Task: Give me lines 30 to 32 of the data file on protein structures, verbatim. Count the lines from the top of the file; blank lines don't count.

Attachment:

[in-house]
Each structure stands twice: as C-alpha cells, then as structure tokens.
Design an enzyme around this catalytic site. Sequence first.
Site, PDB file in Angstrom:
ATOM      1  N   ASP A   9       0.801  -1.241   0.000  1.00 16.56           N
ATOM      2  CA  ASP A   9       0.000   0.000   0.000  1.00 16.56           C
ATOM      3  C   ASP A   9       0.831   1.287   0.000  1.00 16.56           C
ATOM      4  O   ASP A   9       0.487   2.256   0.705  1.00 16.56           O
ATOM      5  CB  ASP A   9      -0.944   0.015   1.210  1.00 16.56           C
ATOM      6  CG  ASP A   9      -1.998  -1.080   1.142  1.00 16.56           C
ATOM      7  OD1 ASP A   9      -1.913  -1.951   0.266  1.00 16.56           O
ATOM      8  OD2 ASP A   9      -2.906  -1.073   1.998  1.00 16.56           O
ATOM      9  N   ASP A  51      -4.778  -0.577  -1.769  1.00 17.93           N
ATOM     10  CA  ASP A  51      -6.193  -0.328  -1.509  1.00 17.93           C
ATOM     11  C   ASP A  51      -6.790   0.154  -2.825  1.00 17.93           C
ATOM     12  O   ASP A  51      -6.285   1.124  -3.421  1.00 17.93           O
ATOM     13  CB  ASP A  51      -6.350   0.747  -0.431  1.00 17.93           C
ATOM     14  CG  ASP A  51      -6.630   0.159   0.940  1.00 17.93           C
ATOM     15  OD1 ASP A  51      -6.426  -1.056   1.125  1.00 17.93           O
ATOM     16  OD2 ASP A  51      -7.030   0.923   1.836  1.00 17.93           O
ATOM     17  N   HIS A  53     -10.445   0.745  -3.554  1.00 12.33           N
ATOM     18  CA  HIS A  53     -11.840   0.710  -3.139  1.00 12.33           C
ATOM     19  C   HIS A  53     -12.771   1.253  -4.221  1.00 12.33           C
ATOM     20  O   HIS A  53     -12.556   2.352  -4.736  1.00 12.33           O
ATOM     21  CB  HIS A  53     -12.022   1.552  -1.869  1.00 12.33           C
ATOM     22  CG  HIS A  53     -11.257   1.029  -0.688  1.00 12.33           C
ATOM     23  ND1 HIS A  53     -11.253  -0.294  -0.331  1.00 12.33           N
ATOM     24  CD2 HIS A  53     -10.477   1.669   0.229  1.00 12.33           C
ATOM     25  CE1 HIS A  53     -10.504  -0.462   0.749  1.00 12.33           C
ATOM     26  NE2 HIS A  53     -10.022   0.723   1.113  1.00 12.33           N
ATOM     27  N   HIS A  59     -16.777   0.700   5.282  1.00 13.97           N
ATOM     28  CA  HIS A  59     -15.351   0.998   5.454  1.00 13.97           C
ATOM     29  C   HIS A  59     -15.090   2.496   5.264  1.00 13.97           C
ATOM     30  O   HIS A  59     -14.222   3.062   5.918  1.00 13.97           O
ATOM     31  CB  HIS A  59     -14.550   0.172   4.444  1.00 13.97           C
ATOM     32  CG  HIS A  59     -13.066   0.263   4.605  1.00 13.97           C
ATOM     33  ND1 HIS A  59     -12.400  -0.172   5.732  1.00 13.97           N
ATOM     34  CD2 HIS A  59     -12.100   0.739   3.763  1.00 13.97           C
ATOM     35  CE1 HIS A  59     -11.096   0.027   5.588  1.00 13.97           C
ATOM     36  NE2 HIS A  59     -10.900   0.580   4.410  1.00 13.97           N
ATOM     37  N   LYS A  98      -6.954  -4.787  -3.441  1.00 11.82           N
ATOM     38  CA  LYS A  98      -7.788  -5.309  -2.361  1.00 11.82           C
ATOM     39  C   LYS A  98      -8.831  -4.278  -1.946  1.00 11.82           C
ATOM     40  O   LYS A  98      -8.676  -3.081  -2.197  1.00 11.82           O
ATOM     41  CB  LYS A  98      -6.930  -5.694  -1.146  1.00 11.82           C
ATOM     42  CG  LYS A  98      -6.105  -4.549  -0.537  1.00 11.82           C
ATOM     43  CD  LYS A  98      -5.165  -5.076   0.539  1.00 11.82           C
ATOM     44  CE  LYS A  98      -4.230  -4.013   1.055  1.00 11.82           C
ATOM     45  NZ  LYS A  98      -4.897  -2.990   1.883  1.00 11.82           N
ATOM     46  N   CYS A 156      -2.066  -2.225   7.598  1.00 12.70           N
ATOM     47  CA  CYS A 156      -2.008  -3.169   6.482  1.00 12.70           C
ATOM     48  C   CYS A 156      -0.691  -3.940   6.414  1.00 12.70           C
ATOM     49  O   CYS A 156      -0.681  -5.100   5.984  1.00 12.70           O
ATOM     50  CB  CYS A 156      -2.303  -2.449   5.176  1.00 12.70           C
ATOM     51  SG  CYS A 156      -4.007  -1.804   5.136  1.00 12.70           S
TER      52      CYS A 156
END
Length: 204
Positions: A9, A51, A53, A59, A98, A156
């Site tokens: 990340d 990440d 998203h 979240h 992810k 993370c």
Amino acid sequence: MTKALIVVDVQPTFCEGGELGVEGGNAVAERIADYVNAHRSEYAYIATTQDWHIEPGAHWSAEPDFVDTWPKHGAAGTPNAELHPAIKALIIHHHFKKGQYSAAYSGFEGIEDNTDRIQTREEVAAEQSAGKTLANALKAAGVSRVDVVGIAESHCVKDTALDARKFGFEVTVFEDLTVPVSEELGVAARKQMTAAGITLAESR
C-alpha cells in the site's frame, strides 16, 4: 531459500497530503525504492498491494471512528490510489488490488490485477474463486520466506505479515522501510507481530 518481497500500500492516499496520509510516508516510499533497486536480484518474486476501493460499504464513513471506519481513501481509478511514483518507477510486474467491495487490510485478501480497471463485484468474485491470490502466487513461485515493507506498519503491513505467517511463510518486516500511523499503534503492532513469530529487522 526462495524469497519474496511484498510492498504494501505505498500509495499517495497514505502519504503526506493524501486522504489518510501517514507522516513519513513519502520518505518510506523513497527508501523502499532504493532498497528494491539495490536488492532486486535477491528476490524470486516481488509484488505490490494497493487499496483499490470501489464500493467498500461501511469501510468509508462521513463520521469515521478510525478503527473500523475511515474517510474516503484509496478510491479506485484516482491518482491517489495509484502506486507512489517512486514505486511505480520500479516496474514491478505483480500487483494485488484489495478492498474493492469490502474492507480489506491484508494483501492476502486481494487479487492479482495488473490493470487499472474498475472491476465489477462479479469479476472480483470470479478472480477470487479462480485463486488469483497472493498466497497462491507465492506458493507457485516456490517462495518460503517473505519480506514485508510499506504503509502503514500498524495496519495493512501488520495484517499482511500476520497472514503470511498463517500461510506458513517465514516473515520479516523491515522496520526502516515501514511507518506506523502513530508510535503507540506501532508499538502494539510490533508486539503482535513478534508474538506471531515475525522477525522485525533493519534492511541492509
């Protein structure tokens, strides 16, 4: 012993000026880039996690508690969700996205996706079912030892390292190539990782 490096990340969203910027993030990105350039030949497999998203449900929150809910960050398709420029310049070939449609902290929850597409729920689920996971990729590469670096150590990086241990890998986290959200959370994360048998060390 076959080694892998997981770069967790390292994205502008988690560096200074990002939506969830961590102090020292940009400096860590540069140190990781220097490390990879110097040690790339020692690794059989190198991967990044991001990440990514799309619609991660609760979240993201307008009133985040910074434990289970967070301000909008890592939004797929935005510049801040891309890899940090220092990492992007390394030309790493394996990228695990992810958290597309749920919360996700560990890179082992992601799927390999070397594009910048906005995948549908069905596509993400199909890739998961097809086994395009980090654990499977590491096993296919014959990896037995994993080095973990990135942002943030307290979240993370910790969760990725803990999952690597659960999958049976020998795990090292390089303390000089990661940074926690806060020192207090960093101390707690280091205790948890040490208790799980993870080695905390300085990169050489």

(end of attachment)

ATOM     26  NE2 HIS A  53     -10.022   0.723   1.113  1.00 12.33           N
ATOM     27  N   HIS A  59     -16.777   0.700   5.282  1.00 13.97           N
ATOM     28  CA  HIS A  59     -15.351   0.998   5.454  1.00 13.97           C